The Blue Door Cafe & Bakery has been operating as the since July, despite the outward appearance that it's still the Golden Goose. But local diners seem to be catching on that this is something completely different.
Owner Mike Bruno got his start on the bakery side of the Golden Goose, which was owned by his mother-in-law, Annemarie Leipply, before he bought and took over the operation this year.
Rather than plow a lot of money into changing the physical appearance, Bruno is putting his money into a veteran staff of chefs to prepare fresh, mostly made from scratch meals with local food sources whenever possible (salmon and scallops are kind of tough to find in Ohio). The changes in appearance will be more gradual as budget allows.
Bruno told that he was trying to build up weekday business, but that his weekend business was fine because he drew crowds from outside the Cuyahoga Falls area.
A recent midweek visit for lunch found the Blue Door busy but not overwhelmed. There was a wait for booths for a spell, although a few tables were available. I was hogging one of those booths by myself (sorry, folks). Breakfasts, I overheard someone tell a friend, are hopping.
The regular menu features some standard fare with emphasis on fresh and local: Corned hash ($8.95), bacon and eggs ($7.95) and more. All the bakery is done in-house.
Then there are the daily menus, which give the chefs a chance to try new things and shake things up a little. Wednesday's menu featured a frittata with local sausage, Yukon gold potatoes, sharp Australian Cheddar and fresh spinach ($8.95) and crepes with local chicken-apple sausage, melted fromager d'affinois brie and brandied apples ($8.95) Or nueske bacon pan-seared shrimp and scallops, roasted red peppers with house-made pesto over house-made red lentil risotto ($10.95).
I almost went for the frittata. Then again I almost went for the crepes, or the Wyoming campfire burger ($11.95 – I noticed later that it's a bison burger, which probably explains the higher price, and gives me an excuse to go back).
Then I remembered the monte cristo, and the roasted turkey I saw upon an earlier visit to the kitchen (on a Tuesday, they were closed). That turkey looked really good. It was just before Thanksgiving.
The monte cristo ($8.95) features the aforementioned roasted turkey, leoncini ham, cave-aged Gruyere cheese (aged in caves for the cool humidity – who knew?) on challah bread. It comes with a choice of fresh fruit, salad greens with a balsamic vinegar dressing or fresh chips. Still recovering from Thanksgiving, I opted for some fresh greens.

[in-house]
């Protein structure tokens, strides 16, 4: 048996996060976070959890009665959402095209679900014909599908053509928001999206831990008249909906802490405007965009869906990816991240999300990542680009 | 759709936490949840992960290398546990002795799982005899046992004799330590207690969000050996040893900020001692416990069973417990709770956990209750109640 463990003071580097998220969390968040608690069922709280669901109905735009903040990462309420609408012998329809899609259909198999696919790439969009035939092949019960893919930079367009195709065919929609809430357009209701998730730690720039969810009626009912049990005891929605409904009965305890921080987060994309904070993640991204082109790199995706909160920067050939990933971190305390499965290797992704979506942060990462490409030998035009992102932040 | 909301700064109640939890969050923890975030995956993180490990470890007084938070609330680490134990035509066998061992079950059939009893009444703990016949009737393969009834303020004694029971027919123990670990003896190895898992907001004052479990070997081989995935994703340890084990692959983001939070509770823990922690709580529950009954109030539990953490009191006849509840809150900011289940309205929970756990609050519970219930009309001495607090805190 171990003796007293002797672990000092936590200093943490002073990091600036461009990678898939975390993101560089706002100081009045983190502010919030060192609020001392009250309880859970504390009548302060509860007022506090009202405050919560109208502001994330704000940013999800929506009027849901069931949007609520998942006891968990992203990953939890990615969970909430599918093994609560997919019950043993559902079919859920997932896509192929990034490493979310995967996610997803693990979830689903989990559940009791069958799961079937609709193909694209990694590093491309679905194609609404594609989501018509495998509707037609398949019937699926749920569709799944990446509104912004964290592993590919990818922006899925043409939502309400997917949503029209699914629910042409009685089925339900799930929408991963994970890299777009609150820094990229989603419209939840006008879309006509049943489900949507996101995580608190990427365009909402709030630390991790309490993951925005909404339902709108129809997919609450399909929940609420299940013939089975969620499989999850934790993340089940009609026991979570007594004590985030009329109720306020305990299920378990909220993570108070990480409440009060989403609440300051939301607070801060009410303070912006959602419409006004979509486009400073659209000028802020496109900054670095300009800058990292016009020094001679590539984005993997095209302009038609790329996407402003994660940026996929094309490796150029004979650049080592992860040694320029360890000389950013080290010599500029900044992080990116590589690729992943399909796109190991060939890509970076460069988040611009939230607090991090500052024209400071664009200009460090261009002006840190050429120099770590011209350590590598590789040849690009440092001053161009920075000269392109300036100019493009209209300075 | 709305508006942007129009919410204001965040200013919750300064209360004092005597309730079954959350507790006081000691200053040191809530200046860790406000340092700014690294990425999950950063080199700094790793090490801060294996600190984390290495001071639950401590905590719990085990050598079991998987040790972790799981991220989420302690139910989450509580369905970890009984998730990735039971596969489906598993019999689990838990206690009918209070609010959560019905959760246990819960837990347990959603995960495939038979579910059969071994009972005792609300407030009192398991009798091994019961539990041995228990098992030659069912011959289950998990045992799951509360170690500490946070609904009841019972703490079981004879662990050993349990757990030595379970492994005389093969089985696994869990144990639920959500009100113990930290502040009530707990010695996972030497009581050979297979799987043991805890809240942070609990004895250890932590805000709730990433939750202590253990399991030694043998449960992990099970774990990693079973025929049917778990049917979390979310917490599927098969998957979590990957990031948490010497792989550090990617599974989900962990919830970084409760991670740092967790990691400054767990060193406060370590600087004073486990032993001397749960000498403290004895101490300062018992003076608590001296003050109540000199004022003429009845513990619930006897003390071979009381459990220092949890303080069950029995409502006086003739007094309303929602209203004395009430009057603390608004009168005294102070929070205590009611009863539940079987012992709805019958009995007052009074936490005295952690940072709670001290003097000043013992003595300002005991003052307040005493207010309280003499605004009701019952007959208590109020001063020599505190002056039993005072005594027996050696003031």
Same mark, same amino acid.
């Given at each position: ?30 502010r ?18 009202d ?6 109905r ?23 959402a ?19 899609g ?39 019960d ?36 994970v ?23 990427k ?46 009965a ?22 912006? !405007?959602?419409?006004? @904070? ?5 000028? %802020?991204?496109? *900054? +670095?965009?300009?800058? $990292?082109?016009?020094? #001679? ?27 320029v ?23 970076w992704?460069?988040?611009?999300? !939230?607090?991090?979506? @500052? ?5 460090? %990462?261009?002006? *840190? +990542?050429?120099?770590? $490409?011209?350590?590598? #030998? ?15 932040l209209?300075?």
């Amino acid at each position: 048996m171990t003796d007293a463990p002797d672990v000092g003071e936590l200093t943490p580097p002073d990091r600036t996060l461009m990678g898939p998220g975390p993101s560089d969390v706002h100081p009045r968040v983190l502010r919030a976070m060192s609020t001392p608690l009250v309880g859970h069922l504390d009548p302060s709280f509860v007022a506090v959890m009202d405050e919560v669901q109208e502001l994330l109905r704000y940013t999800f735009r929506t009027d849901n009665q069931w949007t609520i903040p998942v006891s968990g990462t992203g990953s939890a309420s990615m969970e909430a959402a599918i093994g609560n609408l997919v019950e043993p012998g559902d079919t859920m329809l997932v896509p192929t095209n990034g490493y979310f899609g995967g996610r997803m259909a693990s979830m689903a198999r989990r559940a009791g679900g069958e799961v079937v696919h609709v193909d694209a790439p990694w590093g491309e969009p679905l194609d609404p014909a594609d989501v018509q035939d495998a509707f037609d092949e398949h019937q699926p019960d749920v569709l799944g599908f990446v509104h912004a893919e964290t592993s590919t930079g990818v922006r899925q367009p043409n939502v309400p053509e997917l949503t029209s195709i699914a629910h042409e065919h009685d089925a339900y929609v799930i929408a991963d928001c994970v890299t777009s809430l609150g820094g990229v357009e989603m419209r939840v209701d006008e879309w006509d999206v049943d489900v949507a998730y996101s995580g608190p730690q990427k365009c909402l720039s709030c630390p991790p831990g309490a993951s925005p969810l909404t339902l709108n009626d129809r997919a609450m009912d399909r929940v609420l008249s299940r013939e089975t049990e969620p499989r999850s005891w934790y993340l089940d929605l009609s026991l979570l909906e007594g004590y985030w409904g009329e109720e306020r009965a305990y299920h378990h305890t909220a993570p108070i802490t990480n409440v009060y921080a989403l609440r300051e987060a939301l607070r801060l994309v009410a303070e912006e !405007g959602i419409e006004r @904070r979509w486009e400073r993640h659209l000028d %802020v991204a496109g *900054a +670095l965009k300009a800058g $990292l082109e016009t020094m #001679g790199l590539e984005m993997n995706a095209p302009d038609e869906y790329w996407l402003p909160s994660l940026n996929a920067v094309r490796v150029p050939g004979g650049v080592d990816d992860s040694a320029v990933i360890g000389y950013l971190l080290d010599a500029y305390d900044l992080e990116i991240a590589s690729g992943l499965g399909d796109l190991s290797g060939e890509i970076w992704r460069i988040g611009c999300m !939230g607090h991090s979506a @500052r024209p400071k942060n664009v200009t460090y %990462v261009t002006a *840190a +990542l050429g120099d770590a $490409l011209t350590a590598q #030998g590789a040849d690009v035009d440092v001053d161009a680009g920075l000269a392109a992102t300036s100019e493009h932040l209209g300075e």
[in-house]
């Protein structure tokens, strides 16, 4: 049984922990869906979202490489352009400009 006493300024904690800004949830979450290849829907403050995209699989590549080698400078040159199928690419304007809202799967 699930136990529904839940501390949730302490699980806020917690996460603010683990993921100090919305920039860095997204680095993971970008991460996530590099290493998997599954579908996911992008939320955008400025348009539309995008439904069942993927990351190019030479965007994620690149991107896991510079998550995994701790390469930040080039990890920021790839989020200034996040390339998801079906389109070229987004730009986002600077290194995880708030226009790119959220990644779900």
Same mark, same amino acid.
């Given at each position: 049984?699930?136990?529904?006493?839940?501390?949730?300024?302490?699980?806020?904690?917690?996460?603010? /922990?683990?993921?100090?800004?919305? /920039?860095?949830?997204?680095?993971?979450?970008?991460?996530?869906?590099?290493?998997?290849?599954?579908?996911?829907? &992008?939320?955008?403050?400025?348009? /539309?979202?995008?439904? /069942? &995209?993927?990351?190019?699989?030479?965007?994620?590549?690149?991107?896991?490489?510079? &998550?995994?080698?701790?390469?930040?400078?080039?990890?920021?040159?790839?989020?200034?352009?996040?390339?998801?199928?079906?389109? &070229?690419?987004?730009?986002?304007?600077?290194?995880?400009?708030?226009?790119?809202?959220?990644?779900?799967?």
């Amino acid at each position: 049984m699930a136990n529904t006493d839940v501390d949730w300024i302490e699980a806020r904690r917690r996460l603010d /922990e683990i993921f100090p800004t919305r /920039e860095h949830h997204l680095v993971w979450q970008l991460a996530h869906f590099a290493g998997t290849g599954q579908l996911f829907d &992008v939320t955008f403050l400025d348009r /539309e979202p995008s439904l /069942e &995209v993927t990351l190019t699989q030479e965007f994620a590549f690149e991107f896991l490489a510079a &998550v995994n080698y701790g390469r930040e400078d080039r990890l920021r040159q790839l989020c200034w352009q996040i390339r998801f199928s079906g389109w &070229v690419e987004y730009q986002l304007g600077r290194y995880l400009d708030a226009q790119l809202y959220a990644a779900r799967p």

On a lark, I ordered a small glass of chocolate milk ($1.95) that had some fancy sort of chocolate in it that I didn't recognize, and failed to write down. Sounded interesting.
When it arrived I took a swig, and whoa! That's some chocolate. It's a strong, slightly bitter chocolate you'd associate more with dark chocolates than chocolate milk. Definitely not the chocolate milk that comes in a carton. Chocolate aficionados will appreciate it. Little kids, probably not so much.
Then the monte cristo arrived. Some places deep-fry the monte cristo, which almost seems like overkill on an already big, calorie-dense sandwich. The Blue Door gives it the French toast treatment instead, pan-fried to a light brown, then dusted with cinnamon and powdered sugar. But how to eat it? With hands or fork and knife? Fork and knife.
Thick slices of turkey and ham each had distinct flavor, and the gooey Gruyere had a rich, buttery taste, a little like brie. It reminded me of the cliche advertising pitches for chain restaurants that, without fail, talk loudly about the "melty cheese" in their dishes. Sure, it was melty, but it had real flavor. The cinnamon and sugar didn't overwhelm but added a distinctive touch to the monte cristo. Very good. I managed to finish off half of the sandwich and took the rest home to share.
The greens, a nice mix of young romaine, red and I think leaf lettuce, were crowded onto the same plate as the sandwich. The balsamic vinegar was good, and then a surprise -- a dash of salt or two brought some extra flavor to the greens, which can get a bit bland all by themselves after a while. I don't usually associate salad greens with salt. But I like it.
I didn't have room in my stomach (or the budget) to sample some of the other bakery items this time, which is a shame because the bakery side of the business has generated some serious buzz. There, I have yet another excuse to go back sooner, rather than later.
The Blue Door updates its Facebook page fairly regularly with changes to the menu and other news. It's not a nightspot. But for bakery and way-above-average breakfast and lunch, it's a great place to go.
The Blue Door Cafe & Bakery is at 1970 State Rd. Phone 330-926-9774. Hours: 7 a.m. to 3 p.m Wednesday-Sunday. Closed Monday and Tuesday.